If a developer has used the Java security APIs he already knows what’s ahead. That’s not the only example, alas, but I’ll be using it to illustrate my point.
These APIs provide their configurable properties through singleton maps.
Security.setProperty("ocsp.enable", "true"); for example
The documentation of these properties is not always in the most visible place, and instead of seeing them while using the API, you have to go though dozens of google results before (if lucky) get to them. And you don’t always know what exactly you are looking for.
Another very serious concern is thread-safety. For example if two threads want to check a revocation via ocsp, they have to set the ocsp.responderURL property in some cases. The “validate(..)” method is not thread-safe, so you should make a synchronization on the validation yourself. A synchronization (and hence potential blocking and waiting) that could have been avoided.
Some at least semi-valid reasons for such type-unsafe, thread-unsafe, Map design could be:
- setting the properties from the command line – a simple transformer from command-line to default values in the classes suggested above would be trivial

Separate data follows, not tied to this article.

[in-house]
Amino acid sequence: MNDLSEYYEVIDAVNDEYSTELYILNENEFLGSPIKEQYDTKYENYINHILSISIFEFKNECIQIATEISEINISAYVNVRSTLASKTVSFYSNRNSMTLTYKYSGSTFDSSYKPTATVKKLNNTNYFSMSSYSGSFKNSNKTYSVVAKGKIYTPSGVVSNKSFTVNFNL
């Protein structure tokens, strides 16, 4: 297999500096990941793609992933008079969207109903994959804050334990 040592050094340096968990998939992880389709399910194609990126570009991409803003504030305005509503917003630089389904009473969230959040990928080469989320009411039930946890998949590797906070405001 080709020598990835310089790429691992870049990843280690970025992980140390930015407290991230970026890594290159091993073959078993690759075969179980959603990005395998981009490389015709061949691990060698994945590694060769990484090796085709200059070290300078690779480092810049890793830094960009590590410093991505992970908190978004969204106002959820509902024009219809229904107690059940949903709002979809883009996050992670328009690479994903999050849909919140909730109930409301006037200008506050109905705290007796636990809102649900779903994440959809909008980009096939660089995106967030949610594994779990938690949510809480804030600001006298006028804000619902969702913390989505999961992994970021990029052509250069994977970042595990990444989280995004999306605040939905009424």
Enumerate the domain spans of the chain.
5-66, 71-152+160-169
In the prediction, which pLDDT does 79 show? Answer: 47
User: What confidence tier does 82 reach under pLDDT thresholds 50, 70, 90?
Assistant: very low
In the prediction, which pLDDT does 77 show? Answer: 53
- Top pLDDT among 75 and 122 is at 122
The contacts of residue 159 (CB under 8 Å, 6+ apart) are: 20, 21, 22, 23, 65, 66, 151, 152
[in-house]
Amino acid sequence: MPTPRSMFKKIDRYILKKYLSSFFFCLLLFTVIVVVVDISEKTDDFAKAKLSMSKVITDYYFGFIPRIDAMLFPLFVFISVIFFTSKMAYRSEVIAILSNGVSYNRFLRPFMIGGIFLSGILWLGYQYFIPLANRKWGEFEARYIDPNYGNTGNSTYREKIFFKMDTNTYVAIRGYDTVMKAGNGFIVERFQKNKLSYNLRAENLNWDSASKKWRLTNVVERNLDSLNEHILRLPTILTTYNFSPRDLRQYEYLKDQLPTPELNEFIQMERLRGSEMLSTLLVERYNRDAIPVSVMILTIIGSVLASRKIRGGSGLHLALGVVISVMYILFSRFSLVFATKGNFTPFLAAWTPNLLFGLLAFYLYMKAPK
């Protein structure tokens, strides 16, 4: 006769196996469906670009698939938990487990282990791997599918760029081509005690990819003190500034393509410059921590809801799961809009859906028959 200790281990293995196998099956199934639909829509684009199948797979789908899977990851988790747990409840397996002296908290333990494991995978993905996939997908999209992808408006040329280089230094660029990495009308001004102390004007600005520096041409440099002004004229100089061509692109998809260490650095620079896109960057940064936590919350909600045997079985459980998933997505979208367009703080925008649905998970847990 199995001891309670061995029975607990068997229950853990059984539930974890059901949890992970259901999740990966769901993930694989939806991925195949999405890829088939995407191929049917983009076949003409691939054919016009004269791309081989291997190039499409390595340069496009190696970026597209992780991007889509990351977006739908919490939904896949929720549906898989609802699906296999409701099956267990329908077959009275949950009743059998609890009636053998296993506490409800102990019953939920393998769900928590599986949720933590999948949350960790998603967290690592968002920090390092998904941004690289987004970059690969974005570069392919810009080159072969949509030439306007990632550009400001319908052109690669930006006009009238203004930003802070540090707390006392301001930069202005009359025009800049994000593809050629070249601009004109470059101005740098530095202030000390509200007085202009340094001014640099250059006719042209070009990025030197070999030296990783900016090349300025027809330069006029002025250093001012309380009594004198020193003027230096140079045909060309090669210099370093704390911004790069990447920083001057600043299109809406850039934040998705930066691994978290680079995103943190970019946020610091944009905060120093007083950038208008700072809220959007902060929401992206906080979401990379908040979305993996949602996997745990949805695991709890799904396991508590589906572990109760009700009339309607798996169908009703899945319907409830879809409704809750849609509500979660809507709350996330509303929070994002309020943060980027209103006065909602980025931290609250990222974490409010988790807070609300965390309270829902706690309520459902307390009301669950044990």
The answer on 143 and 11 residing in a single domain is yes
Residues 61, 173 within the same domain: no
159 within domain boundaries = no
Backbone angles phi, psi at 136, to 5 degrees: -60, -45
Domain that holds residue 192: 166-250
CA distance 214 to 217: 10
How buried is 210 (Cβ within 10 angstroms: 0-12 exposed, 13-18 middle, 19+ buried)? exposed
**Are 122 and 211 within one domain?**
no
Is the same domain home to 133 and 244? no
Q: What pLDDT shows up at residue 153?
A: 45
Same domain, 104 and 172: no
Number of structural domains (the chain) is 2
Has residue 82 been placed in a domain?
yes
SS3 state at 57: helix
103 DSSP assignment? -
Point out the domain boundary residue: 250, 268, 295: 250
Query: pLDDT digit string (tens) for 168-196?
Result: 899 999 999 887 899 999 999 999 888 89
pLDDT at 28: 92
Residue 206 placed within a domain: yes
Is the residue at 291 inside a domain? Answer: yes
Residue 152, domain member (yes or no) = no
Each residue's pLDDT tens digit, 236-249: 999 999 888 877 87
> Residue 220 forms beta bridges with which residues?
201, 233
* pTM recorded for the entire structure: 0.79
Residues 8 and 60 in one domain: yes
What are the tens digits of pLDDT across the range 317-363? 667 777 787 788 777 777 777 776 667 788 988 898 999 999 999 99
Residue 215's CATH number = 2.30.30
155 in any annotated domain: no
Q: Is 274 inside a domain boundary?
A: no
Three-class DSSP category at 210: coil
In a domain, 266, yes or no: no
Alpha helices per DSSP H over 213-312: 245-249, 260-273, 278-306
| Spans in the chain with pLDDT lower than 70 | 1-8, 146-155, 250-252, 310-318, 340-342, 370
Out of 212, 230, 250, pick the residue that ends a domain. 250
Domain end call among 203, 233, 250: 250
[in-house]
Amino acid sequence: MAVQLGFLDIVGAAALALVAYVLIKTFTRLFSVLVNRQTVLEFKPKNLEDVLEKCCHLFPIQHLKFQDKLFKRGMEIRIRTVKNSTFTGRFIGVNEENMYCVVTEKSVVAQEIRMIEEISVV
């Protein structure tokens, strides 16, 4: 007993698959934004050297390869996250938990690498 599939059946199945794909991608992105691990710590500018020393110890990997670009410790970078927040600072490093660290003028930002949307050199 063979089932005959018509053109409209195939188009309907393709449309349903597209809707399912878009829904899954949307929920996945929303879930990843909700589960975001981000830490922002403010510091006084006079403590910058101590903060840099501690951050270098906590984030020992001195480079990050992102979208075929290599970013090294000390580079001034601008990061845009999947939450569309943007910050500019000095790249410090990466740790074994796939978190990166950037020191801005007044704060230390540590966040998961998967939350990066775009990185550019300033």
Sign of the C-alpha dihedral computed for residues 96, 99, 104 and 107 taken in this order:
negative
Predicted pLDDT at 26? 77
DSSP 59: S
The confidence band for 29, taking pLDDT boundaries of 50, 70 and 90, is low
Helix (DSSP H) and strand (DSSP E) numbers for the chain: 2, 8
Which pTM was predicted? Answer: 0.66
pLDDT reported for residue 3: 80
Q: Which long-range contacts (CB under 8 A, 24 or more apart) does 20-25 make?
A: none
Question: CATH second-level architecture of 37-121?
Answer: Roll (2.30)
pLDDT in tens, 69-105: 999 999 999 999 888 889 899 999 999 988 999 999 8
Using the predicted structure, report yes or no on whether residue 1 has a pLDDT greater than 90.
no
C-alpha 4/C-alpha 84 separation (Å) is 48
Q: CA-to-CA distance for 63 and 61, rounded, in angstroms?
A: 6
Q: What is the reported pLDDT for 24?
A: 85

- allowing additional custom properties by different providers – they can have
public Map getProviderProperties(), or even
public Object ...with the casting to the custom provider class.
But since many properties are used by only one class (or just a couple), this can be made far more usable. The two potential steps for improvement are:
- again singleton, but with getter and setter for each property
- an object containing the properties relevant to the current context
CertPathValidator.setValidatorProperties(..)(it already has a setter for
PKIXParameters, which is a good start, but it does not include everything)
So the appeal to API designers is – don’t make properties configurable via static Maps.